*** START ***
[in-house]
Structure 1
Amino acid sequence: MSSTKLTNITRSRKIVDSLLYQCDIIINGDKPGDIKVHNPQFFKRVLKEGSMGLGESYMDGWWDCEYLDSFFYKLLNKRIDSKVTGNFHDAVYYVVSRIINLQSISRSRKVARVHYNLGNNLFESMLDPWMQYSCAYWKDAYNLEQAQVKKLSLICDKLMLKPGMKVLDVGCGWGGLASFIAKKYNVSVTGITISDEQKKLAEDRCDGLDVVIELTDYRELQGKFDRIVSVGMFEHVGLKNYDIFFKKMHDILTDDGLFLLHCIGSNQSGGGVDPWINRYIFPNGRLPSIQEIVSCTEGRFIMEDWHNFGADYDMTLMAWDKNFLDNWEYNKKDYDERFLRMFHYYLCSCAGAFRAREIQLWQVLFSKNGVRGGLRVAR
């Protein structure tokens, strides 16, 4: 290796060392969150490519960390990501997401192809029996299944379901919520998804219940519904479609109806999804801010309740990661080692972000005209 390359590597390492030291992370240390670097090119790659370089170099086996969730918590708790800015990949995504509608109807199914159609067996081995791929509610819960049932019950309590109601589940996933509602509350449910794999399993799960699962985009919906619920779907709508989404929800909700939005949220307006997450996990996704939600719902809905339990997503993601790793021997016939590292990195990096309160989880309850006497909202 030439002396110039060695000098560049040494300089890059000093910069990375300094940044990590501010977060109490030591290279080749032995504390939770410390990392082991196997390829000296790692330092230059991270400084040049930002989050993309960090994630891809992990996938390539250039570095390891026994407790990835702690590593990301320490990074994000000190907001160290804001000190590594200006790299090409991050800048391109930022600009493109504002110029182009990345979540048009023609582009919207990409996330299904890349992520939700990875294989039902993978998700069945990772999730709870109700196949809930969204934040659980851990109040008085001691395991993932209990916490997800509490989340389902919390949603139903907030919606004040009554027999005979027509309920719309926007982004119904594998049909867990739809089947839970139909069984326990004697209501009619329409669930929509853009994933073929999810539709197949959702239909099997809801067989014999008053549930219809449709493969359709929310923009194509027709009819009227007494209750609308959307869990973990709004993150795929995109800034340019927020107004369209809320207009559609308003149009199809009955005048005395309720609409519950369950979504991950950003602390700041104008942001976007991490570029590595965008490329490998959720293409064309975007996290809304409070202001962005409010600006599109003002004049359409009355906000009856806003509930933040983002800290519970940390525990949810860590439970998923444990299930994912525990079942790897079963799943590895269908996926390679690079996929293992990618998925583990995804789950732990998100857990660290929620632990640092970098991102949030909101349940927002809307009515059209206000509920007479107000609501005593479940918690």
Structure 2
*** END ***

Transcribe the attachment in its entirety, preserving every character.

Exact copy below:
[in-house]
Structure 1
Amino acid sequence: MSSTKLTNITRSRKIVDSLLYQCDIIINGDKPGDIKVHNPQFFKRVLKEGSMGLGESYMDGWWDCEYLDSFFYKLLNKRIDSKVTGNFHDAVYYVVSRIINLQSISRSRKVARVHYNLGNNLFESMLDPWMQYSCAYWKDAYNLEQAQVKKLSLICDKLMLKPGMKVLDVGCGWGGLASFIAKKYNVSVTGITISDEQKKLAEDRCDGLDVVIELTDYRELQGKFDRIVSVGMFEHVGLKNYDIFFKKMHDILTDDGLFLLHCIGSNQSGGGVDPWINRYIFPNGRLPSIQEIVSCTEGRFIMEDWHNFGADYDMTLMAWDKNFLDNWEYNKKDYDERFLRMFHYYLCSCAGAFRAREIQLWQVLFSKNGVRGGLRVAR
């Protein structure tokens, strides 16, 4: 290796060392969150490519960390990501997401192809029996299944379901919520998804219940519904479609109806999804801010309740990661080692972000005209 390359590597390492030291992370240390670097090119790659370089170099086996969730918590708790800015990949995504509608109807199914159609067996081995791929509610819960049932019950309590109601589940996933509602509350449910794999399993799960699962985009919906619920779907709508989404929800909700939005949220307006997450996990996704939600719902809905339990997503993601790793021997016939590292990195990096309160989880309850006497909202 030439002396110039060695000098560049040494300089890059000093910069990375300094940044990590501010977060109490030591290279080749032995504390939770410390990392082991196997390829000296790692330092230059991270400084040049930002989050993309960090994630891809992990996938390539250039570095390891026994407790990835702690590593990301320490990074994000000190907001160290804001000190590594200006790299090409991050800048391109930022600009493109504002110029182009990345979540048009023609582009919207990409996330299904890349992520939700990875294989039902993978998700069945990772999730709870109700196949809930969204934040659980851990109040008085001691395991993932209990916490997800509490989340389902919390949603139903907030919606004040009554027999005979027509309920719309926007982004119904594998049909867990739809089947839970139909069984326990004697209501009619329409669930929509853009994933073929999810539709197949959702239909099997809801067989014999008053549930219809449709493969359709929310923009194509027709009819009227007494209750609308959307869990973990709004993150795929995109800034340019927020107004369209809320207009559609308003149009199809009955005048005395309720609409519950369950979504991950950003602390700041104008942001976007991490570029590595965008490329490998959720293409064309975007996290809304409070202001962005409010600006599109003002004049359409009355906000009856806003509930933040983002800290519970940390525990949810860590439970998923444990299930994912525990079942790897079963799943590895269908996926390679690079996929293992990618998925583990995804789950732990998100857990660290929620632990640092970098991102949030909101349940927002809307009515059209206000509920007479107000609501005593479940918690």
Structure 2